Marco Tullio Giordana’s forthcoming feature, “Pasolini: An Italian Crime,” has been earmarked as a controversial item ever since word of the production began circulating. But the Italo director’s efforts will come under legal scrutiny even before the pic wraps postproduction.
Nino Marazzita, who represented the state at the trial that followed film director Pier Paolo Pasolini’s brutal murder in 1975, officially submitted Giordana’s book of the same name to the Rome state attorneys office Jan. 24.
Based on research while scripting his film, Giordana’s book turns a spotlight on the substantial evidence showing that street kid Pino Pelosi, who was convicted of Pasolini’s murder, did not act alone.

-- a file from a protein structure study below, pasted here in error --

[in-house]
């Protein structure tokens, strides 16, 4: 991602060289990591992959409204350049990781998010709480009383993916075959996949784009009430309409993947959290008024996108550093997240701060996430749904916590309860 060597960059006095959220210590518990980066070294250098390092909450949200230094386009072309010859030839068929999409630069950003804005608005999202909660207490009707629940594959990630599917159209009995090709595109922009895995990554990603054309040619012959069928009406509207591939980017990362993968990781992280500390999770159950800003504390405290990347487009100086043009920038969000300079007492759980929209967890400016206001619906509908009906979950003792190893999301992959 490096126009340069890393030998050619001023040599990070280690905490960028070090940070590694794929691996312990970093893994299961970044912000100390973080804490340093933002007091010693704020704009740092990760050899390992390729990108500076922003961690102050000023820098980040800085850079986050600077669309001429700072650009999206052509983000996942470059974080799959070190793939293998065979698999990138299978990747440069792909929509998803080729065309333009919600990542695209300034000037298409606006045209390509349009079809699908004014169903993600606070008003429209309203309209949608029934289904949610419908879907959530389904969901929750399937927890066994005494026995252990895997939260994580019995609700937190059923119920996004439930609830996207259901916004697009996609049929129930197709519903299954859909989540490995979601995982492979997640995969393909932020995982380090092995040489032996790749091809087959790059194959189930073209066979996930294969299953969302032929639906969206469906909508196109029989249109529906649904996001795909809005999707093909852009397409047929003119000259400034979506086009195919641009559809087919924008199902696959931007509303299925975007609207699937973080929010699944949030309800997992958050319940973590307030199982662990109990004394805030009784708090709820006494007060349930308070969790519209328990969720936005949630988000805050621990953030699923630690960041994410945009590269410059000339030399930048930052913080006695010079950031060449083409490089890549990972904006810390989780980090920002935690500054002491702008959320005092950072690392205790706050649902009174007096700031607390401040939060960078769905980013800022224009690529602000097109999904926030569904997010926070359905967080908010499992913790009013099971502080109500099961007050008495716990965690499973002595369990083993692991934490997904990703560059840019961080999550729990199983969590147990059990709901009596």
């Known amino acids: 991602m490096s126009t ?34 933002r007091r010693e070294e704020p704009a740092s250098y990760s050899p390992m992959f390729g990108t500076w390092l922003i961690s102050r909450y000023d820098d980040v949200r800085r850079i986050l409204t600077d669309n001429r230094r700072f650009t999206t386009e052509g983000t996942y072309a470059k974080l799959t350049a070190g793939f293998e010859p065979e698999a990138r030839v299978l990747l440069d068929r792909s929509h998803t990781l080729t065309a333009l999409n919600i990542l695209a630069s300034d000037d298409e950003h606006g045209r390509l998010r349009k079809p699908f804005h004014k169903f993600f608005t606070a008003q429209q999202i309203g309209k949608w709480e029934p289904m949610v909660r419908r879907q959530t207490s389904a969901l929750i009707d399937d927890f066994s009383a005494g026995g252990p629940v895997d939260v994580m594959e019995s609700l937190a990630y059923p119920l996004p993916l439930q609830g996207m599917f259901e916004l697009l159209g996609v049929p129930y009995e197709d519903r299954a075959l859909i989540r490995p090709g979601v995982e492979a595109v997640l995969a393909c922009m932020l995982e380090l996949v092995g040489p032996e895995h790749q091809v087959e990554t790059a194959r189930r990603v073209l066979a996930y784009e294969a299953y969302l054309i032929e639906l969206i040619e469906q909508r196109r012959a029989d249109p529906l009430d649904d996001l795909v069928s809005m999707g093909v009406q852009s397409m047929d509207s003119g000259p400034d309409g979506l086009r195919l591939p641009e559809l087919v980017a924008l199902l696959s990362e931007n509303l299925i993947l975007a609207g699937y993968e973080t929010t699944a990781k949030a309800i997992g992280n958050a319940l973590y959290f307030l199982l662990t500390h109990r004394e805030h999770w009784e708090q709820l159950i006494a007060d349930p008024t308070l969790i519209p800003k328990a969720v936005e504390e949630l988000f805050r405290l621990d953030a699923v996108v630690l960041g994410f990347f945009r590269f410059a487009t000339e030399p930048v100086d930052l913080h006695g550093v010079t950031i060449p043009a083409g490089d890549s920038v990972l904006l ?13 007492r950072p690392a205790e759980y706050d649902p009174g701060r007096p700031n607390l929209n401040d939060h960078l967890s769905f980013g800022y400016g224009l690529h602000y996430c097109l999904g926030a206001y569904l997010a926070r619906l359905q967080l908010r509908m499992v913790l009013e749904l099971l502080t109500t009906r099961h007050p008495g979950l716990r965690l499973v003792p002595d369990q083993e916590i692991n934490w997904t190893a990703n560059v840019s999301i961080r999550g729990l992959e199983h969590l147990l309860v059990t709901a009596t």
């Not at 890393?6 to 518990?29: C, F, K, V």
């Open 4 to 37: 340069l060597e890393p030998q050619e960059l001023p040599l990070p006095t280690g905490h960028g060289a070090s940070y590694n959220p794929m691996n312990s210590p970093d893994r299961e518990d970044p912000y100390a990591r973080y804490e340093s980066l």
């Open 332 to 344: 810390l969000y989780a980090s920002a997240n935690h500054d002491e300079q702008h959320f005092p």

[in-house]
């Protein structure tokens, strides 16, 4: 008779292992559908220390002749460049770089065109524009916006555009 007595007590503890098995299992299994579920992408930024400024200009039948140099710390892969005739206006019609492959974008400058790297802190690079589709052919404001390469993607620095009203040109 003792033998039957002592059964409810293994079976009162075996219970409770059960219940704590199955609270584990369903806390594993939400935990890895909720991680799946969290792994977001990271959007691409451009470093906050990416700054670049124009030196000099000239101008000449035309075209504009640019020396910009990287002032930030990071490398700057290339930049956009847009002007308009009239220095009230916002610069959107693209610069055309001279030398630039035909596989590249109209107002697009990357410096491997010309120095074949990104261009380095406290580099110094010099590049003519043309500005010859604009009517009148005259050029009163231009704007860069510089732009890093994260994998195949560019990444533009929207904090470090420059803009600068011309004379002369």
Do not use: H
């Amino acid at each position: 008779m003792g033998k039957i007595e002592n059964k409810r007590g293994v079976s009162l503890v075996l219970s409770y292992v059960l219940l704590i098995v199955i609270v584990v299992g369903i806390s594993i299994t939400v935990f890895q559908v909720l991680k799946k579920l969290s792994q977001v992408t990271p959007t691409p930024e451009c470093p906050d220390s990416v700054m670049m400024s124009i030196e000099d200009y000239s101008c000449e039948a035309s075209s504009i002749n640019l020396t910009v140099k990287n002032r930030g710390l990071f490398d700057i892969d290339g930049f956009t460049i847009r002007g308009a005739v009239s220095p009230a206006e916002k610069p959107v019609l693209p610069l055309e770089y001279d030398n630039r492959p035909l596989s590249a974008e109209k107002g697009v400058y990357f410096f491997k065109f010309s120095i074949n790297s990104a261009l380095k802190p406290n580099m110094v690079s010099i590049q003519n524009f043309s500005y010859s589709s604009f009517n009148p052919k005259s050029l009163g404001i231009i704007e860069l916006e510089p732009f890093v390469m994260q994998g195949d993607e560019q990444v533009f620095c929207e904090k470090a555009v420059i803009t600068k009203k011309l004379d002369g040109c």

“There’s no explosive confession,” said Giordana. “Nor is there any new proof. But there is a different association between the facts.”
The writer and director hopes the current Italo magistrature will be more conscientious than its 1970s counterparts, reopening the case to uncover the full truth about Pasolini’s murder.
While the findings at Pelosi’s trial indicated the complicity of “persons unknown,” no probe of who they might have been has ever taken place.
“Perhaps a different truth will be discovered about Pasolini’s death,” said Marazzita. “Maybe it will be a banal and disheartening one, but the truth, whatever it is, for us laymen is of absolute importance.”